Tesco has reiterated its commitment to expansion in India despite the false dawn of proposed changes to the rules on multi-brand Foreign Direct Investment (FDI).

The Star Bazaar stores in India are stocked predominantly by Tesco

The grocery giant is expanding its retail franchise operations in the south and west of the country, opening new stores with partner Trent, part of conglomerate Tata Group.

Two new stores, branded Star Bazaar and supplied with 80% of their product by Tesco, are to open in the next three months bringing the total number to 15 shops with plans to build clusters of locations to gain supply chain efficiencies.

Despite tough UK conditions and a decision to temporarily shut 12 Fresh & Easy stores in the US this week, the grocer is confident overseas expansion remains the right strategy. 

The Indian government, up for re-election in May, has relented to political pressure and put plans on ice to allow multi-brand foreign retailers to sell directly to consumers.

On Tuesday, it relaxed rules on single-brand FDI to allow retailers to increase ownership from 51% to 100%, paving the way for the likes of Marks & Spencer and Louis Vuitton to expand.

Tesco director of corporate and legal affairs Lucy Neville-Rolfe said its short-term plans remain on track regardless of the issue of FDI.

She said: “We are looking at a long-term plan in India. We want to build a long-term foundation and the agreement with Tata has opened many doors.

“India will have the largest number of consumers in the world by 2027 and we have to find a way in the regulatory framework.”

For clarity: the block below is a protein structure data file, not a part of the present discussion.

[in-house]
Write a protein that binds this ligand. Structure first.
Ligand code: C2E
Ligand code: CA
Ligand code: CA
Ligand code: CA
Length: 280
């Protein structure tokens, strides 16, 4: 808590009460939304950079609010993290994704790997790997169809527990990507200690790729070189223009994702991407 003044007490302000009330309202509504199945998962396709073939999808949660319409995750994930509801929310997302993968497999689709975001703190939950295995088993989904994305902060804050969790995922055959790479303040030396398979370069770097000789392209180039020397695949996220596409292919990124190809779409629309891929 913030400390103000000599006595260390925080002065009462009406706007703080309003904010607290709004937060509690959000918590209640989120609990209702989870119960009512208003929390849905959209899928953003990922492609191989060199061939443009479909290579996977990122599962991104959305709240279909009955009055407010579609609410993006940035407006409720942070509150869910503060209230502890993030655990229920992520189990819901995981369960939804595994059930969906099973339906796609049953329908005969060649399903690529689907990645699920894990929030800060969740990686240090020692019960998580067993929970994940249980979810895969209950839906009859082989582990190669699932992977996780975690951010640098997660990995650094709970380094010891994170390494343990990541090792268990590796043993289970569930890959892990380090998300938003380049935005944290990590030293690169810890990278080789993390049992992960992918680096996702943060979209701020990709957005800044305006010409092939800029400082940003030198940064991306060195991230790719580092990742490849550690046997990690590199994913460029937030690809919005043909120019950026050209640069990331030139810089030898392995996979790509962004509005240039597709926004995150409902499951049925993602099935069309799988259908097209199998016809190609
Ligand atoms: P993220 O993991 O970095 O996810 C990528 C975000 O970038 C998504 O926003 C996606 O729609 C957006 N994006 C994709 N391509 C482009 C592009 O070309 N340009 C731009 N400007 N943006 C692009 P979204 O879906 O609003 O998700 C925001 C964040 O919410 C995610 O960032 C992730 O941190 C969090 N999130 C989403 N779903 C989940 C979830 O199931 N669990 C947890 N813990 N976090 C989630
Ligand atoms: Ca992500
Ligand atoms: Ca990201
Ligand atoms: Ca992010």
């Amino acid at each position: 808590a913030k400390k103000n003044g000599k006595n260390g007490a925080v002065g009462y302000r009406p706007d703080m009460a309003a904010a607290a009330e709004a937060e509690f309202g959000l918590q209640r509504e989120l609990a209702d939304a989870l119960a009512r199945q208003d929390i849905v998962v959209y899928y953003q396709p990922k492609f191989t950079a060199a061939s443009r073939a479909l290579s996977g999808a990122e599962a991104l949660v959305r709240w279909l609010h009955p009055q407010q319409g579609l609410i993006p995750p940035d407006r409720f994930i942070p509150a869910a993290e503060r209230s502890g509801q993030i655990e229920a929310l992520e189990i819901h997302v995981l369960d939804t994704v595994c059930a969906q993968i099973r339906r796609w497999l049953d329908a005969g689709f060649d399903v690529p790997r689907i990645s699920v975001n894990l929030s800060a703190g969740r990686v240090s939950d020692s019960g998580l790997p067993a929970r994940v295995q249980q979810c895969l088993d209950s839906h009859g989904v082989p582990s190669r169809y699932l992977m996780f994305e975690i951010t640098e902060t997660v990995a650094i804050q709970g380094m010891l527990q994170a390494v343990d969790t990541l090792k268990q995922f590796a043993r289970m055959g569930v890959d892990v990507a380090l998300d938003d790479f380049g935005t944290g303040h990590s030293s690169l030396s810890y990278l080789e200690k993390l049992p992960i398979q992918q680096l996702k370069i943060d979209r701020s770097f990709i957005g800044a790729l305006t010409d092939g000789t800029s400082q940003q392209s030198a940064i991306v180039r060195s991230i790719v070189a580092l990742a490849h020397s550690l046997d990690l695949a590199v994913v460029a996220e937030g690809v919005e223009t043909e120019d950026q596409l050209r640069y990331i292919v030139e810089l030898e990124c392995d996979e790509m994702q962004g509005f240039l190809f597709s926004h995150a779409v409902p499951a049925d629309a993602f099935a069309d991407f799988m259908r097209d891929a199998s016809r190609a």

Lucy Neville-Rolfe talks to Retail Week from clothing supplier Texport on ethical standards. Use earphones for optimum sound.

In 2008, Tesco and Trent announced their intention to open 50 stores in India. The UK retailer had planned to open cash-and-carries, but decided against that earlier this year.

David Morris, chief operating officer of Tesco’s operations in India and seconded to Star Bazaar, said: “We may consider opening cash-and-carries at some point, but we want to focus on improving efficiency and service at Star Bazaar.

“We are making great strides in increasing scale and it’s about working effectively in relatively tight locations.”

Tesco has set its sights on an increase in its Indian sourcing division’s revenue, targeting a turnover of £370m in the next financial year.

Innovation advances in india

Tesco is utilising its 6,000-strong workforce at its Hindustan Service Centre in Bangalore. Innovations include:

  • Developing self scanners, which are being piloted in 12 UK stores
  • Using ‘gamification’ technology, which allows shoppers to arrange their shopping list, ascending or descending in price, by moving their hand up or down using the same principles as the Wii
  • Creating a voice-recognition app for Android phones, which allows consumers to say the product they want to add to their online cart
  • Developing thermal imaging technology to monitor queues – a technology since replicated at Heathrow Airport
  • Considering new formats for UK stores including a greengrocer Tesco Farm Fresh, an off-licence Tesco Wine Stores, a sandwich chain Tesco Grab & Go and a standalone chain Tesco Baby & Toddler